DuPont and Tate & Lyle Form Bio-Products Joint Venture

DuPont and Tate & Lyle Form Bio-Products Joint Venture

DuPont and Tate & Lyle PLC have announced a joint venture to create products from renewable resources such as corn for numerous applications including clothing, interiors, engineered polymers, and textile fibers.

The new company -- DuPont Tate & Lyle BioProducts, LLC -- is equally owned by DuPont and Tate & Lyle and will be based in Wilmington, Del. The company plans to construct its initial commercial manufacturing plant adjacent to an existing facility in Loudon, Tenn., with startup scheduled for 2006. A pilot facility in Decatur, Ill. has been operating for several years.

The joint venture will use a proprietary fermentation and purification process developed jointly by DuPont and Tate & Lyle to produce 1,3 propanediol (PDO), the key building block for DuPont Sorona polymer. As DuPont's newest polymer platform, Sorona offers unique properties such as stain-resistance, exceptional softness, comfort stretch and recovery, and UV- and chlorine-resistance when compared to polyester and nylon. Sorona can be used in a variety of applications including textile apparel, interiors, engineering resins, and packaging. The new bio-based technology uses less energy and employs renewable resources -- replacing the need for traditional petrochemicals now used to produce 1,3 propanediol (PDO).

"As a science company, DuPont is committed to business and research initiatives that meet customer and market needs while delivering both shareholder and societal value," said John Ranieri, vice president and general manager, DuPont Bio-Based Materials. "Sorona is an excellent example of putting science to work by integrating biology with materials science. Sorona combines the emerging discipline of metabolic engineering (the capability for biology to produce valuable products) with the leading polymer engineering capabilities of DuPont."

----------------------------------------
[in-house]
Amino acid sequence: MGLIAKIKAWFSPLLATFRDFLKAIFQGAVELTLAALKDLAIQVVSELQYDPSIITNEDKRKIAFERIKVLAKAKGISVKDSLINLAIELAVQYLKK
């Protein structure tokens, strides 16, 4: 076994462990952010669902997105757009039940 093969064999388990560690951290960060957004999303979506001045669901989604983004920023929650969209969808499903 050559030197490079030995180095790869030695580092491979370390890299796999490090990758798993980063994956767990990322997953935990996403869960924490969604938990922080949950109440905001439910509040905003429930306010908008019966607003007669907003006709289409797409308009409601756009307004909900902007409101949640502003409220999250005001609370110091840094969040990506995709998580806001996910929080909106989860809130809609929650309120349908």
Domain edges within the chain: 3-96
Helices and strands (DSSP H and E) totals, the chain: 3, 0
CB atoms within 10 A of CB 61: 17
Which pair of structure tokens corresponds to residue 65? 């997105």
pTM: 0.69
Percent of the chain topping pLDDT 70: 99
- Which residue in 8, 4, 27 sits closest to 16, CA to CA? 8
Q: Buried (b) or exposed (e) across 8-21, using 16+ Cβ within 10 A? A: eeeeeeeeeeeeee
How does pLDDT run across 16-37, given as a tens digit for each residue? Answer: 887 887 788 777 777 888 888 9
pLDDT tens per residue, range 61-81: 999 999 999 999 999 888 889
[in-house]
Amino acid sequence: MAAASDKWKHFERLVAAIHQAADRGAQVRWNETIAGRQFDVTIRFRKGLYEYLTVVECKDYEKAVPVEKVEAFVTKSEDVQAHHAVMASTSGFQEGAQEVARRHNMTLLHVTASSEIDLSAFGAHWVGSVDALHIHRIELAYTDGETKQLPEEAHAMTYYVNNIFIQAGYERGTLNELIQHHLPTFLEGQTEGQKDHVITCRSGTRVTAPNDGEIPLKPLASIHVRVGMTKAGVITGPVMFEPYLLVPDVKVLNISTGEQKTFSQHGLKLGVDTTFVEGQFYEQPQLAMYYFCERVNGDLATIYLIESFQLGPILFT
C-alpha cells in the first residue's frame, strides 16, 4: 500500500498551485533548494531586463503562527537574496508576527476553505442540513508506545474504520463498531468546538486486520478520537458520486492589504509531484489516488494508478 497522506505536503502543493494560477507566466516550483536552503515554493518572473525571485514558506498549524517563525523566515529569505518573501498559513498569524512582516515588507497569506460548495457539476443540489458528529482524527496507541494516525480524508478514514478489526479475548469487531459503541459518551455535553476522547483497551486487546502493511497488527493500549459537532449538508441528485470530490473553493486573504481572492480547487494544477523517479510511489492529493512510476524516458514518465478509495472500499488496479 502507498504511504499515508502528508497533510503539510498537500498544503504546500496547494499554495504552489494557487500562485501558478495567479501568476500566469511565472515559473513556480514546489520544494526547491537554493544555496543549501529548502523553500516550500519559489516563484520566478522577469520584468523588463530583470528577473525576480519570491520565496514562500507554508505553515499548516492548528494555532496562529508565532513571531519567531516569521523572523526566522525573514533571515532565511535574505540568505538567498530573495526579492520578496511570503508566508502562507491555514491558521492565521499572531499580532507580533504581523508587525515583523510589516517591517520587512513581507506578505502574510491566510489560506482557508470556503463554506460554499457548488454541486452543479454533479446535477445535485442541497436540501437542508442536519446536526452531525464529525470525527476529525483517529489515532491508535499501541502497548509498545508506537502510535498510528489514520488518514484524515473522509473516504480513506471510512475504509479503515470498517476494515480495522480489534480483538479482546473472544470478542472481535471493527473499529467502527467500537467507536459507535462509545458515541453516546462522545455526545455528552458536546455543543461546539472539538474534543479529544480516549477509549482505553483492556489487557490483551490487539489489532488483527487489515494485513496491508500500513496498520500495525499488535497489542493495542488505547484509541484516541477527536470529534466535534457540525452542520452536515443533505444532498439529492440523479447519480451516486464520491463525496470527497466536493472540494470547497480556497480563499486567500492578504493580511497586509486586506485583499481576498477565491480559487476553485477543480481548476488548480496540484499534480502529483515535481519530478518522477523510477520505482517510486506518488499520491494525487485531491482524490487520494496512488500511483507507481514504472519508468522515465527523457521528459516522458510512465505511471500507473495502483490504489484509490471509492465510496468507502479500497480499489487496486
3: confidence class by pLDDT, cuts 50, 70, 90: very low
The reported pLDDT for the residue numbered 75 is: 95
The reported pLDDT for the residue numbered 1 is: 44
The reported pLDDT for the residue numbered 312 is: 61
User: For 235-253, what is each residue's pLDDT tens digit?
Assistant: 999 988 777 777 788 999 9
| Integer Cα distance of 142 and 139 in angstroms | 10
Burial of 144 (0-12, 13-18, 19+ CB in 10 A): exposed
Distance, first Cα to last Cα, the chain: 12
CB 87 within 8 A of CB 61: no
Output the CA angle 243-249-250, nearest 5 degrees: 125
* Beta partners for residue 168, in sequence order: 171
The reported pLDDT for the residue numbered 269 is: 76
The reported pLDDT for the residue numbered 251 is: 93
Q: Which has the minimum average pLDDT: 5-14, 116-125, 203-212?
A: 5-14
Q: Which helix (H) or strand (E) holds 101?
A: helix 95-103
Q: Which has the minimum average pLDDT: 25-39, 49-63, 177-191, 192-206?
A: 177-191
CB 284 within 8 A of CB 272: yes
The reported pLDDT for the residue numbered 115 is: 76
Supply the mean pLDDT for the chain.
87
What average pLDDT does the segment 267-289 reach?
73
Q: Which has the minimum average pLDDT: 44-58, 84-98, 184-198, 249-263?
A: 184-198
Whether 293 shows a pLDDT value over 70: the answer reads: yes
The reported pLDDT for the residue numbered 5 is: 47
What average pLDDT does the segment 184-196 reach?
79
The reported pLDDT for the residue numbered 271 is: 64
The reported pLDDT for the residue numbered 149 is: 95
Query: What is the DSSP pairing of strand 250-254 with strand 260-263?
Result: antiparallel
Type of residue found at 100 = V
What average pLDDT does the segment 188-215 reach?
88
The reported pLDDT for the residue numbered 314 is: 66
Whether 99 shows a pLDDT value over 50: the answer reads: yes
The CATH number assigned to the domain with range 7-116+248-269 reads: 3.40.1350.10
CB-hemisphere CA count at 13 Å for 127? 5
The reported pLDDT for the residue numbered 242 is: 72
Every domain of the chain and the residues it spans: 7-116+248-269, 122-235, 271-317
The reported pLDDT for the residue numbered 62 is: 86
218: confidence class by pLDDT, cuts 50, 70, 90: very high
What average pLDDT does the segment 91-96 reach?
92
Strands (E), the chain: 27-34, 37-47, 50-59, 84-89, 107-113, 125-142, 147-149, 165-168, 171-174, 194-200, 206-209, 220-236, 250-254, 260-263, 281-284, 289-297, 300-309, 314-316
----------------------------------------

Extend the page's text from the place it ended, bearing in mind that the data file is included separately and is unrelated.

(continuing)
"The joint venture is further evidence of Tate & Lyle's strength in innovation, our success in developing key industrial partnerships and our ability to generate value-added product growth. It is a natural fit with our core skills in fermentation of natural products," said Iain Ferguson, chief executive, Tate & Lyle PLC. "Partnerships are an important component of our strategy to build our business and we are delighted that our relationship with DuPont continues to advance. This is also a good example of the excellence of Tate & Lyle's research and development capability in delivering a product from renewable resources that can selectively replace those made from petrochemicals."

John D. Halberstadt of DuPont has been named president of the joint venture. He will report to a board of managers with representatives from both parent companies.

Sorona is currently manufactured from petroleum-based PDO, and is available commercially from DuPont. It is used to produce clothing and fabrics with superior softness, dyeability, and a natural stretch. Bio-PDO corn-derived chemical and Sorona polymer made from Bio-PDO will be available in 2006.

Last year, the U.S Environmental Protection Agency presented DuPont with its annual "Presidential Green Chemistry Award" for the company's research leading to the development of the bio-PDO process.